Animal Health & Nutrition
Rick Lundquist is an independent nutrition and management consultant based in Duluth, Minn. He provides livestock production advice.
Count the Cow as One of Our Blessings
Dec 06, 2010
The livelihoods and lifestyles of those of us in the dairy business are what they are because of this marvelous creature.
I was reading through some scientific papers that discussed recent advances in our understanding of metabolic and disease processes in the cow. I’m amazed that with each new discovery we open the doors to more new and fascinating aspects of what goes on inside a cow.
As we reflect on our blessings during this holiday season, one blessing that anyone reading this must share is our dependence on “the foster mother of the human race.” The livelihoods and lifestyles of those of us in the dairy business are what they are because of this marvelous creature.
During the past year, we discussed everything from milk prices to transition rations in these columns. We looked at ways to increase profitability. Even though we’ve had a tough couple of years in the dairy industry, it’s not the cows’ fault. She continues to do what she does: have babies and produce milk.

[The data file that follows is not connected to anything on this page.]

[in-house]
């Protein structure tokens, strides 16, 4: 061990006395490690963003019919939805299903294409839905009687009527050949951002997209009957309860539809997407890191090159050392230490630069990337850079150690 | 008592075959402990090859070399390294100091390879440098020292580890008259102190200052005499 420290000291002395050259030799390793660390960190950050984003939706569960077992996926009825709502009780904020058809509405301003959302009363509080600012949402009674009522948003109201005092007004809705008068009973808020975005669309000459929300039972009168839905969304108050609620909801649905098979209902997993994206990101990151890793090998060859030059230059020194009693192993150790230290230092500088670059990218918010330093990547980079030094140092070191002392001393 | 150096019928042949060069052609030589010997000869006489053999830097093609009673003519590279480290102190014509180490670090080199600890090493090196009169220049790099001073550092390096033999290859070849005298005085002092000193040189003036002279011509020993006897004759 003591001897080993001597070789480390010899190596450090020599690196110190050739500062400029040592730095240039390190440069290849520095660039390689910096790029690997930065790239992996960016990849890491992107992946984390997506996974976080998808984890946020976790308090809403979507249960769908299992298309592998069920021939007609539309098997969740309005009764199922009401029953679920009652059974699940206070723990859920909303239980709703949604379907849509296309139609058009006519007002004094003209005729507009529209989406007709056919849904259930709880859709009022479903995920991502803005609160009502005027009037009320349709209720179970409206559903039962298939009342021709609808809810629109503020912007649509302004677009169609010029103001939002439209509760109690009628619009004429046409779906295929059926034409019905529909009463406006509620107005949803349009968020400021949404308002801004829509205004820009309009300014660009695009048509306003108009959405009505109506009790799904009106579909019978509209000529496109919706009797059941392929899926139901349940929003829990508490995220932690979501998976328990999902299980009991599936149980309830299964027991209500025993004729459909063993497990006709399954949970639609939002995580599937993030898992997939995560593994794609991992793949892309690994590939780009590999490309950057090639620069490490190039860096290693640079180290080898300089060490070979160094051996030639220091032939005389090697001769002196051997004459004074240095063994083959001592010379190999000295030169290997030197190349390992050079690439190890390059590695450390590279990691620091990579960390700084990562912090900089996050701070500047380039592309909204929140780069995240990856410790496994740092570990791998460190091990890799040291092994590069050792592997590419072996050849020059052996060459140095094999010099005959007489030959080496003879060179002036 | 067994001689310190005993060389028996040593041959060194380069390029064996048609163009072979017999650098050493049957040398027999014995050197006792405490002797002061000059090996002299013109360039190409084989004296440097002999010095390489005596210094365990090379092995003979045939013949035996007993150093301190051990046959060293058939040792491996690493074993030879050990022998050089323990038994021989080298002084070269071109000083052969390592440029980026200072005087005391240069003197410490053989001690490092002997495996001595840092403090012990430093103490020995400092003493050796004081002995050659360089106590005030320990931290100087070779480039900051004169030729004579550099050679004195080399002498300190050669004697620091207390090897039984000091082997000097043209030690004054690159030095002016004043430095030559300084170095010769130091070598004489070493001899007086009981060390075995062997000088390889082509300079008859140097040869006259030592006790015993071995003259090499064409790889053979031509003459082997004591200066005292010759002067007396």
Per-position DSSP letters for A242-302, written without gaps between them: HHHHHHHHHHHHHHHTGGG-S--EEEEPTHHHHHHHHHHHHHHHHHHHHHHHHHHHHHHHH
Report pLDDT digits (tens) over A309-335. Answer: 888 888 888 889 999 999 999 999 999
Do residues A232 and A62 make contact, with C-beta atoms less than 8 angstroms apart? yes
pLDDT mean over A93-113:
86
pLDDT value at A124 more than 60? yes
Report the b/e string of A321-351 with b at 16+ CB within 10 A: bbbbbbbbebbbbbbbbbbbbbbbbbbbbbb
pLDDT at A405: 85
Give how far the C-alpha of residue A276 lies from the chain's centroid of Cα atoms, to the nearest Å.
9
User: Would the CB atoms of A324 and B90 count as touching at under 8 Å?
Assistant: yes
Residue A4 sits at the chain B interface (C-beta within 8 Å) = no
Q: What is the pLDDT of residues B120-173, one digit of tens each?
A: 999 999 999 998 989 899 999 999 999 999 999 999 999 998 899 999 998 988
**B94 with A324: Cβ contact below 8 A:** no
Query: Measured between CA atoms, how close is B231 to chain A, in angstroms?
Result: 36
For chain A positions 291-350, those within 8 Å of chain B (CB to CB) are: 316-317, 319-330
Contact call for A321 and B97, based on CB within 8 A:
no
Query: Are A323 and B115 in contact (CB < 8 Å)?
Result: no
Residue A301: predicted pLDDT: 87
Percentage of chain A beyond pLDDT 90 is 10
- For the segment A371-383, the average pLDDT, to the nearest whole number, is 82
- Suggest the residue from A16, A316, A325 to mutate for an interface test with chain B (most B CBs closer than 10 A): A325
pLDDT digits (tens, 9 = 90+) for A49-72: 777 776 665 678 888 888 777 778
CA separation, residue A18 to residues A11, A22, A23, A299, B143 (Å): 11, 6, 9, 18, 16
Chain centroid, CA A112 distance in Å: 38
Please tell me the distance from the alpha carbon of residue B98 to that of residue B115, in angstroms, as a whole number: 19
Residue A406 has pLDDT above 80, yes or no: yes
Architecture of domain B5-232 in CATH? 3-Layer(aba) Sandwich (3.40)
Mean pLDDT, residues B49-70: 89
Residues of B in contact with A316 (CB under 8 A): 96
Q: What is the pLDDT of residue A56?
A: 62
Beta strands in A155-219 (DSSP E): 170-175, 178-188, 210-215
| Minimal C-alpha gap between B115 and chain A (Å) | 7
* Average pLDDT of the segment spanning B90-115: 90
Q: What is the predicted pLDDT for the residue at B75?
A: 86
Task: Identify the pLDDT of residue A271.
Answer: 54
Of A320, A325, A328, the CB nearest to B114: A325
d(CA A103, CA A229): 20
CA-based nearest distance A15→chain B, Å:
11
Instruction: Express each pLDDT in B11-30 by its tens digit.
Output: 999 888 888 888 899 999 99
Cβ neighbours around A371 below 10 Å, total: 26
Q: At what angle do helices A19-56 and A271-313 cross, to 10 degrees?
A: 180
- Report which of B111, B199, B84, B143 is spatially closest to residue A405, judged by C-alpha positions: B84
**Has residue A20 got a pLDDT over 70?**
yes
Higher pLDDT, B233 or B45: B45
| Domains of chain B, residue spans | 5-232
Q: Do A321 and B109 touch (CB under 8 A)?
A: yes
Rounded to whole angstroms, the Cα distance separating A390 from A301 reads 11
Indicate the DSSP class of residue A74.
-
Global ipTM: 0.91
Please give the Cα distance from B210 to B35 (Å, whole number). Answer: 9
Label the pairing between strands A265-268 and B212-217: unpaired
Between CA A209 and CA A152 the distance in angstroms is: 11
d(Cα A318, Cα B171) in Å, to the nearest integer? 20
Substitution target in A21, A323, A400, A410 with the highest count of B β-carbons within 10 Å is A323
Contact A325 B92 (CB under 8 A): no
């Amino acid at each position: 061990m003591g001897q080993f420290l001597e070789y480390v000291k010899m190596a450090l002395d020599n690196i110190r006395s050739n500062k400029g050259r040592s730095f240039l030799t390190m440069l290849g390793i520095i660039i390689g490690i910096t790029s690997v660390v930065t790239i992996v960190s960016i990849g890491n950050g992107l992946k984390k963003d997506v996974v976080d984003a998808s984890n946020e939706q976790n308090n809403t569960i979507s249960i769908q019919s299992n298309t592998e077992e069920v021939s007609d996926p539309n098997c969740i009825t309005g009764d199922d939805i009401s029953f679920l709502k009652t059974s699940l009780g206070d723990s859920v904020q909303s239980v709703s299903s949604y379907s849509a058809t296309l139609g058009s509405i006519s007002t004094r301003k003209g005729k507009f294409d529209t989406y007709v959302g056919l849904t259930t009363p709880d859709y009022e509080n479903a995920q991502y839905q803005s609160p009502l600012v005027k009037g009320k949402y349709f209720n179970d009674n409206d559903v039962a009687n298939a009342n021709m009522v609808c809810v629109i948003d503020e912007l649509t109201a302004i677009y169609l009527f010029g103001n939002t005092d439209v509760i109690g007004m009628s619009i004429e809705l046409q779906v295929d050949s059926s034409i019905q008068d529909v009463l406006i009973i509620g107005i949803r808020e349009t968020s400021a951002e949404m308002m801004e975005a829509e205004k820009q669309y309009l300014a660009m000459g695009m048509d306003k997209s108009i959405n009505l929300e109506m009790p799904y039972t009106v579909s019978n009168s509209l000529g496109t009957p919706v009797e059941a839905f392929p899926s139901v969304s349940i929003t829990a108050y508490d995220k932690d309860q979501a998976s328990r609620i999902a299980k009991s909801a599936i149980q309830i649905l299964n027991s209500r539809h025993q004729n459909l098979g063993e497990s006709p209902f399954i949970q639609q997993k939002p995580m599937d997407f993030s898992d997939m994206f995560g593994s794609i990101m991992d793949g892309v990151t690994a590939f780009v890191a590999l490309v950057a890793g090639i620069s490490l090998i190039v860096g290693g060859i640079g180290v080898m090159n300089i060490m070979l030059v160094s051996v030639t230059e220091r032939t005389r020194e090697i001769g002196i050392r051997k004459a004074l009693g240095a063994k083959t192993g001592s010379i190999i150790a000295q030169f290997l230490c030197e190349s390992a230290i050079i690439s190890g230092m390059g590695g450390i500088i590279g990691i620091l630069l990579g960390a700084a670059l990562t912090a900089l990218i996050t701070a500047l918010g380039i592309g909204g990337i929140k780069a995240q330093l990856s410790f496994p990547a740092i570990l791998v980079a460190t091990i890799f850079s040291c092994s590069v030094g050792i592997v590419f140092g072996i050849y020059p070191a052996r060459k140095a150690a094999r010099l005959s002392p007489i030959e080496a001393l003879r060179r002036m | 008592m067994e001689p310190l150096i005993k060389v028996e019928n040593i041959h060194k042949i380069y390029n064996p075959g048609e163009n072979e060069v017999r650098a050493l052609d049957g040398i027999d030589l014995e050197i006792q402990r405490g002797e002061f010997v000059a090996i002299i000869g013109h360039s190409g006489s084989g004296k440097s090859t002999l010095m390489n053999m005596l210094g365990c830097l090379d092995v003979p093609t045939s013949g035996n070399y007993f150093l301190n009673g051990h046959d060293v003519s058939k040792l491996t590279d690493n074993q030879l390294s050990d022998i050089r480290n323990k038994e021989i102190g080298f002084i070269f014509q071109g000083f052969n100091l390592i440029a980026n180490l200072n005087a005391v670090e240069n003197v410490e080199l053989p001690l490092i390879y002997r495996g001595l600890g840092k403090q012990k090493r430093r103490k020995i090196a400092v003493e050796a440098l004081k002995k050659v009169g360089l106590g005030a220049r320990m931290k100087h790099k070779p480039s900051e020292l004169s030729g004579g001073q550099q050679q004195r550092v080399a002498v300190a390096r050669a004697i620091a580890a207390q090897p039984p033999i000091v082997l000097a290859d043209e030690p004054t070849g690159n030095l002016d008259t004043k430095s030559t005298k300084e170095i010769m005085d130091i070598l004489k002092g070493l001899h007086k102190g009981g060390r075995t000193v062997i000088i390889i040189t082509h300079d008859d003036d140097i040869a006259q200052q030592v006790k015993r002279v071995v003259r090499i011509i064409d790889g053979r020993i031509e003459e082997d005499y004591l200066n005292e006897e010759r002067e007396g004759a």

One of the papers I was reading by Dr. Dale Bauman discussed the process of homeorhesis during life cycle changes, such as lactation and pregnancy in a cow. Homeorhesis is defined as the “orchestrated changes for priorities of a physiological state.” Dr. Bauman described homeorhesis as analogous to “a symphony conductor who produces a harmonious symphony by coordinating the contributions of all the various instrumental groups that make up the orchestra.”
An example of homeorhesis is all the changes that occur in the physiological processes when a cow transitions from calving to lactation (increased nutrient usage from body fat and glucose, mobilization of protein reserves, increased mineral absorption and increased feed intake). The cow usually (if we provide her with good feed and comfortable conditions) makes these very complicated biological processes look amazingly simple and elegant.
We will continue to discover more of the intricacies of what makes a cow work. Hopefully, we can use these discoveries not to exploit the cow but to improve cow health, comfort, production and reproduction.
And, hopefully, these scientific contributions will lead to improved profitability and sustainability in the dairy business. As one of my clients always says, “Take care of your cows and they will take care of you.”